Sunday, 17 November 2013

Crime down since new Cheshire Commisioner took over

AFTER 350 days in office Cheshire’s Police and Crime Commisioner says his role has resulted in less crime and fewer victims in Warrington.

John Dwyer said that since being elected last year, he has brought crime down to its lowest level for more than a decade, with victims reduced by 1000 in the last six months.
“There is absolutely less crime now than when I started in office,” he said.
“I think I am making a real difference and if the public aren’t yet aware of that at the moment they will be through my time in office.
“This is a marathon not a sprint, and there is lots more to come.”
Elected as a Conservative Party candidate when 13.7pc of Cheshire voted, Mr Dwyer is the area’s first PCC.
He replaced the Police Authority in a Government move aimed at reducing bureaucracy and costs.
With a mandate to hold chief constable Dave Whatton to account, he claims to have improved Cheshire Police.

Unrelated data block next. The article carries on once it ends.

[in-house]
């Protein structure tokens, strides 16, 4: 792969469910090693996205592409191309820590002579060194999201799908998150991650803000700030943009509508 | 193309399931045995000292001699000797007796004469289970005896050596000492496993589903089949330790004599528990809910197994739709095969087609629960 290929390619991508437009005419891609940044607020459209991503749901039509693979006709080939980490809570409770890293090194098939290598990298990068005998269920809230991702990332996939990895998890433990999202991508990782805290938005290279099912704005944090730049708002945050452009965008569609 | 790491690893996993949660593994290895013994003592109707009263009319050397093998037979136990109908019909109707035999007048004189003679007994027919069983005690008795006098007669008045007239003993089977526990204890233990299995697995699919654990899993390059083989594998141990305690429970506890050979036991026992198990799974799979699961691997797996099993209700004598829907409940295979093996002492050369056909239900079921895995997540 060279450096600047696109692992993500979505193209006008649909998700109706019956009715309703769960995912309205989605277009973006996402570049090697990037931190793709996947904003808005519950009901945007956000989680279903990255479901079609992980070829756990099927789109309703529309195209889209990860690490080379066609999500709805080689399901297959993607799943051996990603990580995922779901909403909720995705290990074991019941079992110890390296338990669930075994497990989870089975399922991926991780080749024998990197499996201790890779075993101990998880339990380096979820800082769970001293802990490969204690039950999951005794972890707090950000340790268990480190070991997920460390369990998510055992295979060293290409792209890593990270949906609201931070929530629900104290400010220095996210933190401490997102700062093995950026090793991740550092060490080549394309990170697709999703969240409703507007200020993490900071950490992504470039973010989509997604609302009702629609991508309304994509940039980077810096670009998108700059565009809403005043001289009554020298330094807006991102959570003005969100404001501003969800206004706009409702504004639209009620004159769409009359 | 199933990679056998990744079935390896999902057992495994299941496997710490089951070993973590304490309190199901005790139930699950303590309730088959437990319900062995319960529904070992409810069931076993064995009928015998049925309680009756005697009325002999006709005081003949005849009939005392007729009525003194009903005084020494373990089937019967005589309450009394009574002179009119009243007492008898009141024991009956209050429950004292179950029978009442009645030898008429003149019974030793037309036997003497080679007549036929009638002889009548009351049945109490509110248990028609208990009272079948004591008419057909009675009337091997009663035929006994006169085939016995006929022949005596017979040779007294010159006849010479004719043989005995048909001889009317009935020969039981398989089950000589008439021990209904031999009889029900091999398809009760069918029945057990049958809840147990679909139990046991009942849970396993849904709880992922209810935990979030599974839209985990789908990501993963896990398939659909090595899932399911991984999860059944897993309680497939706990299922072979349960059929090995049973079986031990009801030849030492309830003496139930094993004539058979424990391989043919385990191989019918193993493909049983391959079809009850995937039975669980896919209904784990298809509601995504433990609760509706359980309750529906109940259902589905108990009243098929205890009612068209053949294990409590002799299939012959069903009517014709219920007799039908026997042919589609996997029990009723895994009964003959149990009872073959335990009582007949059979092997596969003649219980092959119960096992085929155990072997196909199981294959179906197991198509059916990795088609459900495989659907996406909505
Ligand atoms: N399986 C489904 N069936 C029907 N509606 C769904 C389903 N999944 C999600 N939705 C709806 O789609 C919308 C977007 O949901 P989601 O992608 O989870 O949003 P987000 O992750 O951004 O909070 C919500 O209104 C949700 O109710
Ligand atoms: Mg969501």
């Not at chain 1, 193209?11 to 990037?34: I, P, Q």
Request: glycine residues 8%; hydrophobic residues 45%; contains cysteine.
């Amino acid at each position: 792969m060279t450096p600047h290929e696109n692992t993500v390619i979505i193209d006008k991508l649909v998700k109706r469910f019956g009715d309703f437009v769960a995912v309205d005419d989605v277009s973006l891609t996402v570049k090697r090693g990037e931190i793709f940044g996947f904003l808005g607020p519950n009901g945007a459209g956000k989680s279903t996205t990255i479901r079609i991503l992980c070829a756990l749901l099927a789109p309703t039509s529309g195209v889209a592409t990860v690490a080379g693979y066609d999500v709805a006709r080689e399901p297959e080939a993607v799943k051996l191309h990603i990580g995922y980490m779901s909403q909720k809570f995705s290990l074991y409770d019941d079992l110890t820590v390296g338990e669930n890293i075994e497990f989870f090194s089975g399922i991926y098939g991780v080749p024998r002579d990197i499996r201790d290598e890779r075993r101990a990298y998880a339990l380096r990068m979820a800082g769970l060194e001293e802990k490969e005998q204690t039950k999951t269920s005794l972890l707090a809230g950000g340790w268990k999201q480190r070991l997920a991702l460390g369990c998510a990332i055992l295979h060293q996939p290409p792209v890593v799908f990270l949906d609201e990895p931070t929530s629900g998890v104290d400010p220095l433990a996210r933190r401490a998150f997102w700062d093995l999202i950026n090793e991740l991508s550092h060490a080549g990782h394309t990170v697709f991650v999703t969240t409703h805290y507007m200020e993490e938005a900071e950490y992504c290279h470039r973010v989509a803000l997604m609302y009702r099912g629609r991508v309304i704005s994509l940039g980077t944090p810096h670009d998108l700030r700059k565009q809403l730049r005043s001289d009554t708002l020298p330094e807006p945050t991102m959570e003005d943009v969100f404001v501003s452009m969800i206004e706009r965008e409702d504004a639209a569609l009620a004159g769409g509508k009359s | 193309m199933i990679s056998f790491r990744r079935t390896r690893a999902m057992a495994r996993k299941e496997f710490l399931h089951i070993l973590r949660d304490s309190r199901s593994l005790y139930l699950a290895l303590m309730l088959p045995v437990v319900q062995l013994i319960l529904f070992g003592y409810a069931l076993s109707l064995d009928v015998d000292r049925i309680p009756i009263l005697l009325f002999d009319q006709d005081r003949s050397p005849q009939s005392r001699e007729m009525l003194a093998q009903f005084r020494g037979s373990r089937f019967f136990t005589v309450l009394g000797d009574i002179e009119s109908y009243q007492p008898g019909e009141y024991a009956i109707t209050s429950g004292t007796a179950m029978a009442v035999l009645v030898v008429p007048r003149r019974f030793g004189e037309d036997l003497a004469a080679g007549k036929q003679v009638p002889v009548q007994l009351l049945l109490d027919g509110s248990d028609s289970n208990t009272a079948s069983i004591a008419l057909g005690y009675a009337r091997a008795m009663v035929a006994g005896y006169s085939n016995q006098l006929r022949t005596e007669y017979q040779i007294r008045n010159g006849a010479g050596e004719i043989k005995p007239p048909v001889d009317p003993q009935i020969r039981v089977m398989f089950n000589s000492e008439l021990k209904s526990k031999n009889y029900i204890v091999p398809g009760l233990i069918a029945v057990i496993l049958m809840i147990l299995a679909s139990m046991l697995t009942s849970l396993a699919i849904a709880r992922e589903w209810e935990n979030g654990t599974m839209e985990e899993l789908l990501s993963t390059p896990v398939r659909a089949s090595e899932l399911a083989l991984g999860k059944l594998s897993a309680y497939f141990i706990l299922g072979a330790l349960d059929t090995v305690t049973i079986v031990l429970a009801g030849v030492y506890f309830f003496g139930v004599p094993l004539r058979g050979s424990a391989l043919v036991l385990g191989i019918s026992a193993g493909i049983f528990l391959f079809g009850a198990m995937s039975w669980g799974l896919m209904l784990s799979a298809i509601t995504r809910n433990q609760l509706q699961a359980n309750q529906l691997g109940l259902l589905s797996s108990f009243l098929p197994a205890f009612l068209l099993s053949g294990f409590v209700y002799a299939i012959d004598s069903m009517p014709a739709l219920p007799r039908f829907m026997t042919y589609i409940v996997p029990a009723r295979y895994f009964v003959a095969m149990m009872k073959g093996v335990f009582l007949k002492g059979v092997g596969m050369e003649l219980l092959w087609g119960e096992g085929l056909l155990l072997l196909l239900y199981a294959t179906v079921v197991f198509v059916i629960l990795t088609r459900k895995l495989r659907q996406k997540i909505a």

Mr Dwyer says the way burglaries were investigated was ‘not good enough’, and that a change in approach that sees every victim visited by an officer has lead to a reduction.
Challenges have included handling budget cuts, with £36m to be saved over three years, during public demand for more officers on the street.
There are currently 1,954 officers in Cheshire, down from 1,993 at the start of Mr Dwyer’s tenure, although there are also 222 CSOs.
That has meant 100 special constables, volunteers with police powers, have been recruited, with a further 100 expected to sign up by March.
Mr Dwyer said: “I saw a recruitment drive for specials as a way to address this issue.
“In an ideal world I wouldn’t cut any police officers but I have budget issues to deal with.
“Specials will never replace police officers, but they are of value, not pieces of cardboard.”
The commisioner will stay in office until at least the next election in 2016.
Priorities include further reducing crime and helping more victims.
So far, there have been no regrets.
Mr Dwyer added: “I wouldn’t change anything monumental.
“This is a job that no one has done before and we are all experiencing things that have taught us a lesson.
“But things are getting better.”